In November came the news that the Global Fund to fight Aids, TB and Malaria was in a financial crisis, because of declining donor commitments and failure by donors to honor existing commitments. The Fund’s board cancelled Round 11 of its funding applications, which was supposed to provide money for 2011 to 2013.

The Global Fund crisis and the threat to continuity and expansion of ARV treatment is particularly tragic, because in May came the news that early treatment of people with HIV massively reduces their infectiousness – for the first time, pointing the way to a potential end to the HIV epidemic. This emerged from the results of a trial which found that sex with an HIV positive person on ARV treatment with an undetectable viral load is as safe as using condoms.

On World Aids Day came some better news – US President Barack Obama announced the U.S. would double the pace of scale up for funding for ARV treatment through PEPFAR, the President’s Emergency Plan for AIDS Relief. This followed an encouraging speech by Secretary of State Hillary Clinton in November, on US commitment to fighting AIDS.

While it is happening outside the continent, the ongoing case by pharma giant Novartis in the Indian Supreme Court is of vital importance to health in Africa and across the globe. Novartis is challenging Indian patent law over the patentability of an anti-cancer drug. Indian law does not allow patents for trivial changes to an existing drug. Making minor changes to the form of a patented drug is a tactic big pharma companies commonly use elsewhere, to extend the life of patents indefinitely: so-called ‘ever-greening’ of patents. If Novartis succeeds, India may end up granting far more patents than required under international trade rules, with huge implications for the availability of affordable medicines for billions of people worldwide.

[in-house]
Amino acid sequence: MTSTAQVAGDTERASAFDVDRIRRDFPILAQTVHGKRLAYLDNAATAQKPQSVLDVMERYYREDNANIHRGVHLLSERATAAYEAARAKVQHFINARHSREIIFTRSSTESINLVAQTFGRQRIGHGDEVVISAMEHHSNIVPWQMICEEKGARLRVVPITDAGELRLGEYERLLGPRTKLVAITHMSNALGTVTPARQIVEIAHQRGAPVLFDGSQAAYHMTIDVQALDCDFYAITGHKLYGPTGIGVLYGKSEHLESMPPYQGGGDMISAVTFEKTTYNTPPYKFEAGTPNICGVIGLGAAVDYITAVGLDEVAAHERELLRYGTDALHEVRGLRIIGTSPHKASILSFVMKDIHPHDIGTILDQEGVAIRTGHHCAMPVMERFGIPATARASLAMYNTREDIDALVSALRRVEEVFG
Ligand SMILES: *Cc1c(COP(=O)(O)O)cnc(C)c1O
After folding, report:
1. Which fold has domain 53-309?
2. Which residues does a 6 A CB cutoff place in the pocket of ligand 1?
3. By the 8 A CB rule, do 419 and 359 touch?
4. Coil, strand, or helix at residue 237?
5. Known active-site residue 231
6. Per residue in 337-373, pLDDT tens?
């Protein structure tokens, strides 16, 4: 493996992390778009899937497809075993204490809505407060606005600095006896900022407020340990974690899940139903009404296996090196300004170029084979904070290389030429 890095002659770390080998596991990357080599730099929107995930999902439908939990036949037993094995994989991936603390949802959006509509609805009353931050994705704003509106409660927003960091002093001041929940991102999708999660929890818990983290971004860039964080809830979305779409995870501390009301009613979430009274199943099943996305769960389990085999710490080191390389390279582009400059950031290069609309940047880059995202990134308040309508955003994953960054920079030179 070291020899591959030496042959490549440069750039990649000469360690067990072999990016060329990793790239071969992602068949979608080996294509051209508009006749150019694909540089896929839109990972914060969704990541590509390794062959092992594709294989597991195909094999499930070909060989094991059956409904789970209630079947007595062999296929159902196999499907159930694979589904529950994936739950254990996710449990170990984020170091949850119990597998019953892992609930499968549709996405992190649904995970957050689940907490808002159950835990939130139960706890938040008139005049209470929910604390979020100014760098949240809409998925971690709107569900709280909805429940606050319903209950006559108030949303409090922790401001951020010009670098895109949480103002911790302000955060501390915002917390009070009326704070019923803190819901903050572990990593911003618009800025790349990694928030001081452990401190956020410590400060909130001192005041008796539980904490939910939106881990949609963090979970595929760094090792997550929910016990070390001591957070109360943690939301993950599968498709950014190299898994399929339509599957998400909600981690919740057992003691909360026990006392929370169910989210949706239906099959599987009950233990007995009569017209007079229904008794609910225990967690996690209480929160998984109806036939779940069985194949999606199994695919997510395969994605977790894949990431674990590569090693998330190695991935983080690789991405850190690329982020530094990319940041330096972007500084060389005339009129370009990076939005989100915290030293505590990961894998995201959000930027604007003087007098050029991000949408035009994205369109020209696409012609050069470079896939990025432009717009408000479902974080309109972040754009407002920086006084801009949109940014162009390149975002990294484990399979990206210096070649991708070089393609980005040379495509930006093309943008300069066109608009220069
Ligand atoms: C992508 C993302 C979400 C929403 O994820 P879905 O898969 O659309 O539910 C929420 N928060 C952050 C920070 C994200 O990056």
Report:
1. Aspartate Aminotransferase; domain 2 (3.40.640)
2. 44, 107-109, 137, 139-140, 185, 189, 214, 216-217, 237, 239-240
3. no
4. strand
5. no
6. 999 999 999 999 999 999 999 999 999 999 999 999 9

This year saw increased focus on Non-Communicable Diseases, with a UN summit on NCDs held in New York in September. Shortly before the summit, research reports released by the WHO and World Economic Forum put the cost to Africa of NCDs at nearly $500-billion a year. There was huge lobbying around the summit by business interests – particularly by the food industry, seeking to limit disease prevention measures that would harm their profits.

A case brought against the Namibian government by HIV positive women claiming they were sterilized against their will, wrapped up in Windhoek earlier in the year, although judgment is still pending. Meanwhile, several reports emerged in countries such as South Africa and Kenya, indicating the practice of forced or coerced sterilization of HIV positive women is widespread.

Also in November, the Malawian Parliament finally recognized that women have the right to inherit from the marital estate. In the past, after the death of her husband, a woman and her children were often left with nothing, no matter the length of the marriage and contributions to the estate. This is a huge health issue not only because many women have been left destitute after the death of male partners from AIDS – but also because the resulting economic insecurity leaves women much more vulnerable to contracting HIV.

The deaths of two women during childbirth in hospitals in Uganda focused attention on the dire lack of basic maternal care in Uganda, and in Africa as a whole. A Ugandan NGO took the government to court, in what may be the first legal test of an African government’s obligation to provide basic maternal care.

November 14 was the tenth Anniversary of the Doha Declaration. NGOs used the occasion to highlight the Declaration, which aimed to establish a balance between WTO pharmaceutical patent rules and public health. The fight to preserve the Doha Declaration’s safeguards is crucial, as a range of free trade agreements (FTAs) under negotiation behind closed doors threaten to impose stricter patent rules at the expense of public health.

Finally, the campaign for a small levy on financial transactions gained ground as several world leaders expressed their support for the so-called ‘Robin Hood tax’ — South Africa’s Jacob Zuma among them. If it is adopted, the challenge will then be to ensure that a good chunk of the billions of dollars generated by the tiny tax get is spent on global health and development. European leaders seem to want to use it to plug domestic deficits.

Image Credit: Global Fund to fight Aids, TB and Malaria